Originally, Pena Palace was a monastery, housing about 18 monks, but after being severely damaged by lightning and the Great Lisbon Earthquake of 1755, it was commissioned into a summer palace for Portuguese royalty. After King Ferdinand II’s death, the palace went to his second wife, Elisa Hensler, the Countess of Edla. The Countess then sold it to King Luís. The estate was subsequently purchased by the Portuguese State in 1889 and classified as a national monument soon after.

Pena Palace is definitely one of the more popular castles in Sintra, so I chose to go there first to beat the crowd. Even in the cloudy and mist/rain, Pena Palace is beautiful. To get to the castle, you can either walk up the (huge) hill or take a shuttle for a fee. Your ticket includes access to the palace grounds, which are so vast!

Once at the castle, you can explore both the exterior and the interior. The outside features yellow and pink walls as well as blue azulejo walls. If you walk to the back of the castle, you can look out onto the Castle of the Moors and the town square below.


The National Palace of Sintra is the easiest palace to get to since it’s located right in town—you can’t miss it. At first I thought it was a museum and couldn’t possibly be a palace! Like the Pena Palace, the National Palace of Sintra combines a mixture of different architectural styles: Gothic, Manueline, Moorish, and Mudéjar. It’s also the only palace of the Portuguese monarchs to have survived over the years almost fully intact.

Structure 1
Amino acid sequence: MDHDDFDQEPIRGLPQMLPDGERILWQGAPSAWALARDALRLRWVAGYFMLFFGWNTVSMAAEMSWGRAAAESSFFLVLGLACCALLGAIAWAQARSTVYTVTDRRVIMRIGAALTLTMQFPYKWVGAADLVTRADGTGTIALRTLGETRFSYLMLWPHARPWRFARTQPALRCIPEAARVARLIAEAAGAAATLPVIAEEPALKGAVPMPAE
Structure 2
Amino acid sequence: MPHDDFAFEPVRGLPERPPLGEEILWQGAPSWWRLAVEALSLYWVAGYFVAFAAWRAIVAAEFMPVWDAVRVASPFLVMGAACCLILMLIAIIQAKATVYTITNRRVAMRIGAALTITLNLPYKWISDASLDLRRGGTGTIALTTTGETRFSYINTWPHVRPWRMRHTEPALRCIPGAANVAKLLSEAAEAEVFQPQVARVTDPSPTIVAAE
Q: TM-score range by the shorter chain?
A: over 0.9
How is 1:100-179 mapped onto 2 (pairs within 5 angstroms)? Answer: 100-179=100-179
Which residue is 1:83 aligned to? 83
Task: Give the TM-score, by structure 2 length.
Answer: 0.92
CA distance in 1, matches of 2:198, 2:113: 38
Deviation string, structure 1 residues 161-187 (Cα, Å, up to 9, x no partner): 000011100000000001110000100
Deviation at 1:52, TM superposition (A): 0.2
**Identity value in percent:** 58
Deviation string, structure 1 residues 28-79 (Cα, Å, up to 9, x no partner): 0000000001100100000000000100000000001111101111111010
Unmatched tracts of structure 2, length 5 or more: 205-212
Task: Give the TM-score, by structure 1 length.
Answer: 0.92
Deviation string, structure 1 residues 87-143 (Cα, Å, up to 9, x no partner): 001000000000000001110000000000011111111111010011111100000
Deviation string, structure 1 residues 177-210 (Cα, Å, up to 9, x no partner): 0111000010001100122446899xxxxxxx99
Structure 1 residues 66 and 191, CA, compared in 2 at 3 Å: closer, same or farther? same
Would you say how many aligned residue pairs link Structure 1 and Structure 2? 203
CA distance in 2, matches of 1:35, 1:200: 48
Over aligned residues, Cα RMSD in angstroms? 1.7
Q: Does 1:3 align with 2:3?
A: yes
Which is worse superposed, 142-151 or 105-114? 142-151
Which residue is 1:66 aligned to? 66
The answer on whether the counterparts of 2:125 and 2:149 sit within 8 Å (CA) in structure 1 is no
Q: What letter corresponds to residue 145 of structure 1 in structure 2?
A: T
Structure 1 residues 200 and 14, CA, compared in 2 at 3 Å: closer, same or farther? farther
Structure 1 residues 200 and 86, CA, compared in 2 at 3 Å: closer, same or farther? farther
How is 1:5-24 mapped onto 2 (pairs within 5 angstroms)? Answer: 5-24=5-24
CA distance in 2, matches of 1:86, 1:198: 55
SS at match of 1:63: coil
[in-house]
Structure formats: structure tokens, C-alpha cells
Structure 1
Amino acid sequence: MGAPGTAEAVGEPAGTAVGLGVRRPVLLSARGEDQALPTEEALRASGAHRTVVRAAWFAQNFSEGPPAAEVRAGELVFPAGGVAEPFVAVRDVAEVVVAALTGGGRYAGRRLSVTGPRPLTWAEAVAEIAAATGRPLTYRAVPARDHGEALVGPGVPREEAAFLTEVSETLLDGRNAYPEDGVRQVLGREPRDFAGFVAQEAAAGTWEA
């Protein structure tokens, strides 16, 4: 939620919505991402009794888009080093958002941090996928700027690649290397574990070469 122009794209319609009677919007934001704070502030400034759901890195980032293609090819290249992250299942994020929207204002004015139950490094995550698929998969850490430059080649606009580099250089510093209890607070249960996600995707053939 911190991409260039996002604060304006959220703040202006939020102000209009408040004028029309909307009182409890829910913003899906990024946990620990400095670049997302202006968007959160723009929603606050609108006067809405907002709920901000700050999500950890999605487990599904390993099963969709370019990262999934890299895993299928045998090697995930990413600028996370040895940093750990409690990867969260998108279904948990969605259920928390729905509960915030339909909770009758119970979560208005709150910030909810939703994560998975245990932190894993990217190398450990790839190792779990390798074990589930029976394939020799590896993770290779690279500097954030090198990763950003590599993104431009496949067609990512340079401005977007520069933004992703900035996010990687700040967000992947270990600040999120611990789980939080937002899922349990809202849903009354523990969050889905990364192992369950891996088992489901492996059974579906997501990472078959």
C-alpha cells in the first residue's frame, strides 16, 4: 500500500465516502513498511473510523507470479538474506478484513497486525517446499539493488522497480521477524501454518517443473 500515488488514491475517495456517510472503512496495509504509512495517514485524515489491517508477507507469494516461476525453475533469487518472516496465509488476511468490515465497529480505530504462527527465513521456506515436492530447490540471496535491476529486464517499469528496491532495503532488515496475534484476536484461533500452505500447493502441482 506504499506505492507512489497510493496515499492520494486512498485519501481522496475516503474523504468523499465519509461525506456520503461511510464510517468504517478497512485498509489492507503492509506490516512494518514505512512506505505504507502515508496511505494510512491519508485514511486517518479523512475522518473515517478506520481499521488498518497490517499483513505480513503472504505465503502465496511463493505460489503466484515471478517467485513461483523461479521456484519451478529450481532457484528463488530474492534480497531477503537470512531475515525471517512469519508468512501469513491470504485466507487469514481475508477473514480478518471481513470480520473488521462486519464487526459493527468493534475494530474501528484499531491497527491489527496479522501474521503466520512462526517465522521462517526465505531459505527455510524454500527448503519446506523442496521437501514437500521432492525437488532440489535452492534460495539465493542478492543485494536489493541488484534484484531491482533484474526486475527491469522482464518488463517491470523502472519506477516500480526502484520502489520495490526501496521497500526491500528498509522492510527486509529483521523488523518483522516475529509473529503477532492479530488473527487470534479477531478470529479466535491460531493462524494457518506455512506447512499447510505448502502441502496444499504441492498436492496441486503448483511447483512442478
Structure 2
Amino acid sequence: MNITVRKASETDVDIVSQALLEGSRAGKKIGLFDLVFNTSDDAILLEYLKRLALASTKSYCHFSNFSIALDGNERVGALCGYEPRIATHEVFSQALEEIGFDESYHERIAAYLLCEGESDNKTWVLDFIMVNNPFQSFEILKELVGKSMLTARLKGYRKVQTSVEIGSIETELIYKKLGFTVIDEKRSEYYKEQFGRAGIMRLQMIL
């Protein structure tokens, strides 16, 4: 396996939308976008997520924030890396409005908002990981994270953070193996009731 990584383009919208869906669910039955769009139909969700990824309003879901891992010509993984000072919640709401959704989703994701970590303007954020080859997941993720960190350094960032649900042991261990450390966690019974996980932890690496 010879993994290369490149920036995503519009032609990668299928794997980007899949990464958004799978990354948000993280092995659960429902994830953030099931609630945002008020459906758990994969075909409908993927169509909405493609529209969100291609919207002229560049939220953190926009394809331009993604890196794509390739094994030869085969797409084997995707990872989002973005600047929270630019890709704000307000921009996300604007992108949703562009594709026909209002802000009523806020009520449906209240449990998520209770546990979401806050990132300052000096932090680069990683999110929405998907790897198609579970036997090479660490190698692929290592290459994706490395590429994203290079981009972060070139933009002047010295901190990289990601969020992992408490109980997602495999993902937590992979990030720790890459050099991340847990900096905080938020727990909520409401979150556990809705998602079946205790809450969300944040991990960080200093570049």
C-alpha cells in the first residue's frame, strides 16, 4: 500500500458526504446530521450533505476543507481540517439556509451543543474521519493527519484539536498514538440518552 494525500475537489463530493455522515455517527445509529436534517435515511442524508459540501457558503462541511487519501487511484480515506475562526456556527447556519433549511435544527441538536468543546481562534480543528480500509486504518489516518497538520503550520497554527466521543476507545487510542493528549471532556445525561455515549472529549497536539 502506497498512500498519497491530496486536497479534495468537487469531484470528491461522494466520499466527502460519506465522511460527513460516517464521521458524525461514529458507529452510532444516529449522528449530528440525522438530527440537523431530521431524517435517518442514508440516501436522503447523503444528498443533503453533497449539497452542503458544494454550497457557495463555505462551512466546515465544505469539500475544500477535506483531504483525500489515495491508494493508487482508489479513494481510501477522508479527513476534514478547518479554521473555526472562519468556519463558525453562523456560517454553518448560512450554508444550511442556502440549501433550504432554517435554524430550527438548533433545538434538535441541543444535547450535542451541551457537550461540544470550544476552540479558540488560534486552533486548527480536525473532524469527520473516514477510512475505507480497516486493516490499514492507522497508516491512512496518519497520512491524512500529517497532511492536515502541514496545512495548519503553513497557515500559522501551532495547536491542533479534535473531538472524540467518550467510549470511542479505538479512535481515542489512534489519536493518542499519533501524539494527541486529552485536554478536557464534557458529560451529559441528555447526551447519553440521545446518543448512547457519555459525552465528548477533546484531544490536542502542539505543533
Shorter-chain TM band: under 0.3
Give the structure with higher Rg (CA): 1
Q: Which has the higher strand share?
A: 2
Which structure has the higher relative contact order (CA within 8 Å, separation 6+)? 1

The palace was updated and enlarged over the centuries by King Dinis, King João I, and King Manuel I between the end of the 13th century and the mid-16th century. This is also the reason why there’s such a mixture of architecture styles. In 1910, the National Palace of Sintra was named a national monument. It has been a UNESCO World Heritage Site since 1995.

Exploring this palace was quite different than the others. When you explore, you’re not necessarily confined to one small space in one line, like at Pena Palace. You’re able to really take your time and explore the different details in each of the rooms. Furniture was seriously massive back then!

After you explore the interior, you have the option of exploring the gardens. It’s a nice way to take a breather and get lost in your thoughts.


The Castle of the Moors overlooks the town center and the Sintra National Palace. It was built around the 10th century after the conquest of the Iberian Peninsula by the Moors. There are two different rings of walls that surround the fortress.

After the conquest of Lisbon in 1147, the castle was surrendered to Christian forces. By the 19th century, the towers of the castle were already in ruin. The Castle of the Moors became a national monument in 1910 and a UNESCO World Heritage Site in 1995.

As I mentioned above, I visited Sintra on a cool, rainy day. Going up and down the stone steps at the Castle of the Moors was terrifying and even more so when it was slippery. I do not recommend going all the way up to the highest points if you are afraid of heights. Going up is very easy compared to going down too!

On the way back to the bus, I got lost and wound up going up and down hills, I really didn’t need to. Make sure you keep a lookout for all signs!


Similar Posts